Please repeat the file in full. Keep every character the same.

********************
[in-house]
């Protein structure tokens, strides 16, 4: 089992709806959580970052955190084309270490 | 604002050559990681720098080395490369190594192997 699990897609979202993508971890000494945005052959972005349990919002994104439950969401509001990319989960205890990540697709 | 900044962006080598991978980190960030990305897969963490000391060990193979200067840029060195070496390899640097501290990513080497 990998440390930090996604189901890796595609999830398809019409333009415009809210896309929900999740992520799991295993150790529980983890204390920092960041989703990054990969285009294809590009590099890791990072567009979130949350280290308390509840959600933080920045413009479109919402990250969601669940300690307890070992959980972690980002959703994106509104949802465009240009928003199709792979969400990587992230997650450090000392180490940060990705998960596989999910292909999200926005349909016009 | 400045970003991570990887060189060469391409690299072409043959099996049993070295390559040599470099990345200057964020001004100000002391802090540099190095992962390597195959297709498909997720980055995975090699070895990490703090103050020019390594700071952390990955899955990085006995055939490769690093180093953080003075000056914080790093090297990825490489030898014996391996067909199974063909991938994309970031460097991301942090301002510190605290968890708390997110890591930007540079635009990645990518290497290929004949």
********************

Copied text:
[in-house]
């Protein structure tokens, strides 16, 4: 089992709806959580970052955190084309270490 | 604002050559990681720098080395490369190594192997 699990897609979202993508971890000494945005052959972005349990919002994104439950969401509001990319989960205890990540697709 | 900044962006080598991978980190960030990305897969963490000391060990193979200067840029060195070496390899640097501290990513080497 990998440390930090996604189901890796595609999830398809019409333009415009809210896309929900999740992520799991295993150790529980983890204390920092960041989703990054990969285009294809590009590099890791990072567009979130949350280290308390509840959600933080920045413009479109919402990250969601669940300690307890070992959980972690980002959703994106509104949802465009240009928003199709792979969400990587992230997650450090000392180490940060990705998960596989999910292909999200926005349909016009 | 400045970003991570990887060189060469391409690299072409043959099996049993070295390559040599470099990345200057964020001004100000002391802090540099190095992962390597195959297709498909997720980055995975090699070895990490703090103050020019390594700071952390990955899955990085006995055939490769690093180093953080003075000056914080790093090297990825490489030898014996391996067909199974063909991938994309970031460097991301942090301002510190605290968890708390997110890591930007540079635009990645990518290497290929004949």